The Metropolitan Museum of Art celebrates 150th anniversary with intercultural curation

Met The Past

The Metropolitan Museum of Art celebrates 150th anniversary with intercultural curation

Established in 1870, the Metropolitan Museum of Art decided to both celebrate and reflect upon its storied past. (Tomas Eidsvold)

Like virtually every other museum in America, the Metropolitan Museum of Art in New York temporarily closed down last month in response to the outbreak of the novel coronavirus. The decision, however, was unique for the world-famous museum, which had planned to celebrate its 150th anniversary with a year-long roster of events and exhibitions reflecting on the long and winding history of its impact on the art world.

The centerpiece planned for the celebration is Making The Met, 1870-2020a large-scale exhibition juxtaposing over 250 artworks that reflects the museum’s encyclopedic archives, “from visitor favorites to fragile treasures that can only be placed on view from time to time.” Highlighting the growth of the museum itself into an institution with over two million works across 17 curatorial departments, Making The Met is designed to play the museum’s greatest hits.

But anniversaries can also be a time for reflection, and for the Met, turning 150 meant taking a cold, hard look at its often Eurocentric approach toward its curation of global art. Crossroads, an ongoing exhibition that opened on March 6, examines the concept of cultural interconnectedness in four distinctly curated installations and acknowledges that several of the museum’s previous exhibitions have championed the historical theory that the world’s various cultures had developed independently of each other. “In a time of nationalism, it’s important now more than ever to show the interconnectedness of cultures, and a certain joint cultural heritage,” said Met director Max Hollein, according to The Art Newspaper.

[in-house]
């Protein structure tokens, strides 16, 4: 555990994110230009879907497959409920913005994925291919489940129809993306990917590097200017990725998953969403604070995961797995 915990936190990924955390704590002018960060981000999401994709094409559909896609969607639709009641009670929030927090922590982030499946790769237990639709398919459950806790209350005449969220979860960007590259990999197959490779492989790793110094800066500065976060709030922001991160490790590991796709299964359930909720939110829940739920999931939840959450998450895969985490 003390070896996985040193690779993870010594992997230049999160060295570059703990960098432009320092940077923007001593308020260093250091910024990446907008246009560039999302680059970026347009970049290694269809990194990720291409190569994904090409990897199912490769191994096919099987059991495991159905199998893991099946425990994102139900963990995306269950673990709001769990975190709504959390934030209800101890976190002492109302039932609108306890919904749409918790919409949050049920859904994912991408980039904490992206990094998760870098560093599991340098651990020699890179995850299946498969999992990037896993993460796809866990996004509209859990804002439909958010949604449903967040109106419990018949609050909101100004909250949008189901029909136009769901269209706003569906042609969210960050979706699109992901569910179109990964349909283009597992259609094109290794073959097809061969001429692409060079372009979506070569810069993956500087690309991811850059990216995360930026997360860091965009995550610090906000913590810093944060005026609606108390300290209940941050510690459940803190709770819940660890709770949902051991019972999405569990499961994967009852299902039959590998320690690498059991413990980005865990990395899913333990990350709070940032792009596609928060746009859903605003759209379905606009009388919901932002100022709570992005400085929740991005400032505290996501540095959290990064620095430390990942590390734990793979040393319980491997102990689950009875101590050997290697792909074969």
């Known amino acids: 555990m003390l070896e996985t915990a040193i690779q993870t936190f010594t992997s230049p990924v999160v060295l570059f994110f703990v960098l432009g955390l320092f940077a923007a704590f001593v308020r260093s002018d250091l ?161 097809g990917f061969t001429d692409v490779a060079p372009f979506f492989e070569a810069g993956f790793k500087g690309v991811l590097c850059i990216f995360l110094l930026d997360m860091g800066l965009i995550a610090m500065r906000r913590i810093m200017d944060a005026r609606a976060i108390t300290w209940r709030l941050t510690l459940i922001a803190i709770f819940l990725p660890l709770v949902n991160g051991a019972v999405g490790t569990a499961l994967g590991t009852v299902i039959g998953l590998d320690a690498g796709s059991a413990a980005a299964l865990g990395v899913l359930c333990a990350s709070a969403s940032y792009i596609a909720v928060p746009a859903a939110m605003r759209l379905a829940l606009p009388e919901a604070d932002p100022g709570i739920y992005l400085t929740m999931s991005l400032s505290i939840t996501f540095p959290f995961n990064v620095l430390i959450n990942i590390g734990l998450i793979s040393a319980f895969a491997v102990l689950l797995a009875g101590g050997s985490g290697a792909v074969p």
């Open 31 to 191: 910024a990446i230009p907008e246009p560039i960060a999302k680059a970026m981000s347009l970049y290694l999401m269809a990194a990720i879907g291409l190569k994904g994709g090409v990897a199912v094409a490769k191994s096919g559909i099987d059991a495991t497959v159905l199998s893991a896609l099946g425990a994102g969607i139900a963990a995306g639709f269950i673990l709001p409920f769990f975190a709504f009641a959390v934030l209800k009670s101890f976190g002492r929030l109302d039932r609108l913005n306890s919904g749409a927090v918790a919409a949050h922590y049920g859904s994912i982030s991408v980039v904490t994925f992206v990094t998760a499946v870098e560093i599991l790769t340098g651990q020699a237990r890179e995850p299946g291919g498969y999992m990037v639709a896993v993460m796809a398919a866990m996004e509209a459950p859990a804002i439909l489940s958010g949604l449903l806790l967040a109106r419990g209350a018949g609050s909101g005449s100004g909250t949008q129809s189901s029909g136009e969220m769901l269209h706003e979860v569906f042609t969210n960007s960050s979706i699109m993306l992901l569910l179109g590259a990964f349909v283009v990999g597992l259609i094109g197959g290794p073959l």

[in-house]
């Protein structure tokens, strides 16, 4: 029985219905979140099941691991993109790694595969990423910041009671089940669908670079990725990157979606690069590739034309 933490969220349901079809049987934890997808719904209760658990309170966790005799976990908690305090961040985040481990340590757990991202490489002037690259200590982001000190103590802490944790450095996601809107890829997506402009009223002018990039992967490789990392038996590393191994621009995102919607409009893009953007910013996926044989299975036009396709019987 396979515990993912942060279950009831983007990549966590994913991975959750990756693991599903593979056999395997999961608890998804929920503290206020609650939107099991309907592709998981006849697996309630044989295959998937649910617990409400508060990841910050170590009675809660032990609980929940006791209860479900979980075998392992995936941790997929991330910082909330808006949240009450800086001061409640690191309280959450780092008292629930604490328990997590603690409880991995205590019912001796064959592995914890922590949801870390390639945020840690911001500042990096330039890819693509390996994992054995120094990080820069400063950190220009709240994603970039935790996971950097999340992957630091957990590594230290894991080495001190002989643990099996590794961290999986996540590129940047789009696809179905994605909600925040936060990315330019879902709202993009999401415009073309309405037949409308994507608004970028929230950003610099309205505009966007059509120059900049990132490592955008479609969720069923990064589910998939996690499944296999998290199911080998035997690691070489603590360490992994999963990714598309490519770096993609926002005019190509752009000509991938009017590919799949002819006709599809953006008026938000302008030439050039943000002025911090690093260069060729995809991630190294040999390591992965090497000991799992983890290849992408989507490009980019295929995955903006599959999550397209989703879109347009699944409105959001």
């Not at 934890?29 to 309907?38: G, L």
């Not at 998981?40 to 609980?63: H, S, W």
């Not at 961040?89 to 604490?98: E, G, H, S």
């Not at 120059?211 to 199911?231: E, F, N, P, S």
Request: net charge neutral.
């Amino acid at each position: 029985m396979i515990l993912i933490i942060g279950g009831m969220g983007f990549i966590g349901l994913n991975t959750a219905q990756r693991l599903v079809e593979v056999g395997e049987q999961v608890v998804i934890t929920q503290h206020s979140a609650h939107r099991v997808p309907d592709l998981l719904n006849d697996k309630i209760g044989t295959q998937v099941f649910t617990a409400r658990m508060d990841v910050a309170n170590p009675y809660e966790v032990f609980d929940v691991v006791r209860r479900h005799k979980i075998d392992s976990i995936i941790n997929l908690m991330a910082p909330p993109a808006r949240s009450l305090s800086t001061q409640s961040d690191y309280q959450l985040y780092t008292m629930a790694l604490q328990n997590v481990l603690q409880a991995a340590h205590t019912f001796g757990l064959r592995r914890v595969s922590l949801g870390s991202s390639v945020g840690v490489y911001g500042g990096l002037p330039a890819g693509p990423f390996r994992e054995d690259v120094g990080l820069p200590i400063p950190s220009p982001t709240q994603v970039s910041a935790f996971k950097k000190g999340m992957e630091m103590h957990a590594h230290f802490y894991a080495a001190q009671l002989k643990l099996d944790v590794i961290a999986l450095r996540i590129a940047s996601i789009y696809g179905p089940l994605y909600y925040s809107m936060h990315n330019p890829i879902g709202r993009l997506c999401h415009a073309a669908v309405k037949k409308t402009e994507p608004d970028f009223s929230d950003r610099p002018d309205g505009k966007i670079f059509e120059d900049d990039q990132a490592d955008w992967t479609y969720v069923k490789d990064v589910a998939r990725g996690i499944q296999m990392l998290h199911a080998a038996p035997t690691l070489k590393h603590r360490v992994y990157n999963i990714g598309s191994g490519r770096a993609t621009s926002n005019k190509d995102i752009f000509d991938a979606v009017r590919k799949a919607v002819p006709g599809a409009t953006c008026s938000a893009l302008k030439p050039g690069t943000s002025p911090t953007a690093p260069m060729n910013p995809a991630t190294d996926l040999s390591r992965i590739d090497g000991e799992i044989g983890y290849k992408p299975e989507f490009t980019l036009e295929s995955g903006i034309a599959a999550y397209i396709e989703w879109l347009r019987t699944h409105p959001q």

A 17th-century Japanese tapestry at the Metropolitan Museum of Art
Arrival of the Europeans (first quarter 17th century), on display in the Crossroads exhibition, is a pair of folding screens created in Japan depicting a European landing on the country’s shores. (Mary Griggs Burke Collection, Gift of the Mary and Jackson Burke Foundation, 2015)

Empires and Emporiafor instance, makes evident the cultural intersections between Asians, Europeans, and Americans during the sixteenth century—an era for which Renaissance studies has traditionally received an outsized amount of historical attention—through artwork that bears the markings of multiple cultures at once. “Fueled by Spanish-American silver and the demand for Asian luxury goods such as silk and porcelain,” the installation’s description reads, “the transoceanic circulation of people, things, and ideas left its visible trace in works of art that bear vivid witness to the complex dynamic of human encounter and exchange.” Reflecting on Crossroads in particular, Hollein hoped that the lessons learned this year will influence curatorial decisions for the museum as a whole going forward, arguing that while the concept of an encyclopedic museum is not outdated, revising the commonly-tread narratives of cultural development could open up endless new perspectives.

Though the space is not physically open to the public, many of The Met’s offerings are available in high resolution on their website, including The Met 360° Project, which allows viewers to virtually explore the iconic spaces of its main building, as well as those of The Met Breuer and The Met Cloisters.